Salvation: It is free, not cheap; and it is not for sale!

We are coming to the times where the gospel is put on a market like a commodity. The so-called “gospel,” marketing the “new-brand Jesus” to targeted consumers who treating Jesus as some kind of spiritual guru whose teaching is not different from any self-help franchise sold primarily as something to make our life much easier and simpler.  That is a pagan gospel not the gospel of Jesus Christ. Read Hebrews 1:1-2, “God, who at various times and in various ways spoke in time past to the fathers by the prophets, has in these last days spoken to us by His Son, whom He has appointed heir of all things, through whom also He made the worlds.” When Jesus taught or spoke, His words were not ordinary human words, but His words were divine, powerful, graceful and full of authority. In other words, God has made Himself known to us by becoming a man.

The Apostle Paul said, “My speech and my preaching was not with enticing words of man’s wisdom, but in demonstration of the Spirit and of power: That your faith should not stand in the wisdom of men, but in the power of God” (1 Corinthians 2:4,5). Unfortunately, our evangelical methods are focusing on entreating the truth to a lesser degree that doesn’t offend the sinner as possible as can. But, the message of the gospel is not an invitation to a relaxing life. But doesn’t Christianity offer peace, joy, and abundant life? You bet it does! But whenever we put the message of the gospel to a lower level where it has no effect other than a “self-help message” it leaves multitudes in the “lukewarm” Christianity. They believe but not committed, they become followers but not disciples.

But we are saved by grace to fully commit to Jesus. Possessing saving grace and professing or living out grace goes together. Take one and ignore the other, you will end up like the modern cheap, misguided and ridiculous Christianity that has no power and grace but profess a “user friendly gospel”. Salvation is a gift from God, to live for God, and to walk with God. If salvation is not something we can do, it is not also something we do for God; but it is about what Jesus does.

The message of the gospel, which is Jesus, which is eternal life, is not something that is given to us to sell but to share. And it is not about our effective strategy or invitation, but it is about knowing Him, trusting Him, worshiping Him, loving Him, obeying Him, following Him and proclaiming Him. I am neither against our ambition nor using various mechanisms to spread the gospel. My problem is when we advertising the true message in a way that satisfying the desperate desire of the world, that makes the gospel irrelevant and powerless. I don’t think we have a message problem; our problem is delivering the message in its integrity.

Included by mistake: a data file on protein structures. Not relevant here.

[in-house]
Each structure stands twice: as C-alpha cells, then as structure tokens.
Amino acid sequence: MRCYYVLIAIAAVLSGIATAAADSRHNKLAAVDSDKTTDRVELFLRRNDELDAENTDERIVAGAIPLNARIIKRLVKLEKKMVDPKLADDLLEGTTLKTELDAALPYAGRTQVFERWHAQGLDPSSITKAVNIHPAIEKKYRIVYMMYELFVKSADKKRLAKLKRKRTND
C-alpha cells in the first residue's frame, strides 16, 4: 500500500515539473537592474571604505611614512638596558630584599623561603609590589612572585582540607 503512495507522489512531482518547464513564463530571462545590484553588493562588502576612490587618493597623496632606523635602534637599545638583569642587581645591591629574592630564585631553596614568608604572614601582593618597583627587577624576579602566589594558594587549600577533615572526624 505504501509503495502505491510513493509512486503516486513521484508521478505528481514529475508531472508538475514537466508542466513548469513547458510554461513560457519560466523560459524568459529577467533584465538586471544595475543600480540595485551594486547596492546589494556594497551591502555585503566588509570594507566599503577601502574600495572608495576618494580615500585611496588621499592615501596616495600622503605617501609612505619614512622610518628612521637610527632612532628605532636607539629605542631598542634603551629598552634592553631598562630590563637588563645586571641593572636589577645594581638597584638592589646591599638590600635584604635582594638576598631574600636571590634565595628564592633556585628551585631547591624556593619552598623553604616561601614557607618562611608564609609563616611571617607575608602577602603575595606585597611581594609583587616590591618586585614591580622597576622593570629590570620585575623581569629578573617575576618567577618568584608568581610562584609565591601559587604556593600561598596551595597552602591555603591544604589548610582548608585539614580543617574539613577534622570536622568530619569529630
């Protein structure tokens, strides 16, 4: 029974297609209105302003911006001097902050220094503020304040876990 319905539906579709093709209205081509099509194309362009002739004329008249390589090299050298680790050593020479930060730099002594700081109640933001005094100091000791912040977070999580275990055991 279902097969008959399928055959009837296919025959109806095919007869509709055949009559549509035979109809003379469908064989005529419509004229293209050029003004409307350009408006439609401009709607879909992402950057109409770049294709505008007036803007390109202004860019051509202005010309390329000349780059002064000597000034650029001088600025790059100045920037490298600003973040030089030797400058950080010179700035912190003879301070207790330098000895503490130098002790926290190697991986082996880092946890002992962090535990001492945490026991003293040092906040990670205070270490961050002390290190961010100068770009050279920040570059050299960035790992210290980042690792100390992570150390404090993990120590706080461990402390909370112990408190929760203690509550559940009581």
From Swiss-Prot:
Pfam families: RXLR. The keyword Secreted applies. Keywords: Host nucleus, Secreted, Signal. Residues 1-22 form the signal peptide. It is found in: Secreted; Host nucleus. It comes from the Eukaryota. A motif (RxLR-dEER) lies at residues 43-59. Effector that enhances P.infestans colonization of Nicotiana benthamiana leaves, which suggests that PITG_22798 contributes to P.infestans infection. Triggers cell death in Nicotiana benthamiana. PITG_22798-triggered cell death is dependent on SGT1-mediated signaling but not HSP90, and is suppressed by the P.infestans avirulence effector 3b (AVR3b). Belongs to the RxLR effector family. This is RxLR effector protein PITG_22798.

So what are we to do about this? I don’t think I have the answer, but I do know we have the true gospel. The gospel that is powerful to save. The gospel that is powerful to save us from the bondage of sin. But, when the gospel becomes man-centered, when we are more concerned about our needs and wants than God’s glory, we don’t have the gospel of Jesus Christ but a perverted gospel that is miss-directed, miss- focused, and miss-presented.

Look! The gospel may be for us but it is not about us. The Gospel is about JESUS!  Now we do need to be careful here. Yes, God gave us something wonderful, powerful and precious, which is His gospel even though we don’t deserve it. But, because the gospel is free doesn’t mean either it is cheap or for sale. The gospel is the power of God.

Eyob B Kassa

March 12, 2012


Lord, teach us to pray

Posted in A New Beginning In Christ, Christian Life, God, Religion, religon, Theology, Thought of the day on 07/18/2011 by Eyob B Kassa

Ever since our first son was born, my wife and I have always talking about having a family devotion each evening. We just knew the importance of teaching our child the Word of God and keep that tradition as much as we could consistently. Thank God we can keep that commitment till this day. However, keeping that “togetherness” before the Lord, and preparing simple, clear and exciting materials was my responsibility. But I tell you this; that was not easy. Teaching the word of God to little kids requires a different creative approach so that they understand the truth on their level of understanding.

I remember this incident one night for example…

“Settle down boys,” I said,

“We are going to talk to God.”

“Talking to God?” asked my youngest son, his little hazel eyes wide open.

“We are talking to God?” asked the oldest one.

“Yes we do.”

They were surprised, with a good reason of course! I know what was in their mind at that moment, “How can we talk to God, we don’t even know if he can hear us.” That was a long time ago when we started our “family devotion,” which become a habit since then.